From the start of Elizabeth’s reign, it was expected that she would marry and the question arose to whom. Although she received many offers for her hand, she never married and was childless; the reasons for this are not clear.
Historians have speculated that Thomas Seymour had put her off sexual relationships. She considered several suitors until she was about fifty. Her last courtship was with François, Duke of Anjou, 22 years her junior.
While risking possible loss of power like her sister, who played into the hands of King Felipe II of Spain, marriage offered the chance of an heir. However, the choice of a husband might also provoke political instability or even insurrection.
One of the reasons that Elizabeth I of England never may have been due to the legal concept of Jure uxoris (a Latin phrase meaning “by right of (his) wife”). This term describes a title of nobility used by a man because his wife holds the office or title suo jure (“in her own right”).
Similarly, the husband of an heiress could become the legal possessor of her lands. For example, married women in England and Wales were legally incapable of owning real estate until the Married Women’s Property Act 1882.
During the feudal era, the husband’s control over his wife’s real property, including titles, was substantial. On marriage, the husband gained the right to possess his wife’s land during the marriage, including any acquired after the marriage. Whilst he did not gain the formal legal title to the lands, he was able to spend the rents and profits of the land and sell his right, even if the wife protested. The concept of jure uxoris was standard in the Middle Ages even for queens regnant.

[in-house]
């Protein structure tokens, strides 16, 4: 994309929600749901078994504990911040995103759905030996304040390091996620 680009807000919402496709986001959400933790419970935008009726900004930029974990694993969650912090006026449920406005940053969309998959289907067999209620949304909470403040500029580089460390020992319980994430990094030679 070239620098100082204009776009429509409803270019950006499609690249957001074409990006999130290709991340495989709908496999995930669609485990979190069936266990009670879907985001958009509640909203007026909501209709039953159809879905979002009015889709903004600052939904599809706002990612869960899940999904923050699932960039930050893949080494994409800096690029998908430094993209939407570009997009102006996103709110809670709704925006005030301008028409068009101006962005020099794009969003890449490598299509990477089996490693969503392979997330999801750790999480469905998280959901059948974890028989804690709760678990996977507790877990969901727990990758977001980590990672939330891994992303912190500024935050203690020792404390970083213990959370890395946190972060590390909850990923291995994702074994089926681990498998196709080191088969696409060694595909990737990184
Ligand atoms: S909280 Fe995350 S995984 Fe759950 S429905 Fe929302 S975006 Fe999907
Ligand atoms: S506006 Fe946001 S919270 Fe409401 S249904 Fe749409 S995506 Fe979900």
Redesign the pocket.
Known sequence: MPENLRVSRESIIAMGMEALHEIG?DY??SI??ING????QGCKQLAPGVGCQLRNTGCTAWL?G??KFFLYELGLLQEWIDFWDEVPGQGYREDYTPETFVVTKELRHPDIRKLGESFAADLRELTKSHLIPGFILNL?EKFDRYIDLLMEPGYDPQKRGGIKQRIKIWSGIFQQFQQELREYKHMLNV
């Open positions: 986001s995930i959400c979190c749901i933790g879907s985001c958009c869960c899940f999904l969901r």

By the time of the Renaissance, laws and customs had changed in some countries: a woman sometimes remained monarch, with only part of her power transferred to her husband. This was usually the case when multiple kingdoms were consolidated, such as when Isabella of Castile and Fernando II-V of Aragon shared crowns.
As we noted in the marriage of Mary I and Felipe II created a precedent for a jure uxoris unions. Parliament passed the Act for the Marriage of Queen Mary to Felipe of Spain specifically to prevent Felipe from seizing power on the basis of jure uxoris. The Act established the limits Felipe had as a jure uxoris King of England and Ireland.
As it turned out, the marriage produced no children, and Mary died in 1558, ending Philip’s jure uxoris claims in England and Ireland, as envisaged by the Act, and was followed by the accession of Elizabeth I. She, in turn, resolved concerns over jure uxoris by never marrying.
Throughout her Reign Queen Elizabeth I demonstrated that she intended to maintain control and authority over the government and sharing power was not something high on her agenda. Also, prospects of her marrying for political Alliance was something she used for her advantage during those years when she was still considered of childbearing age.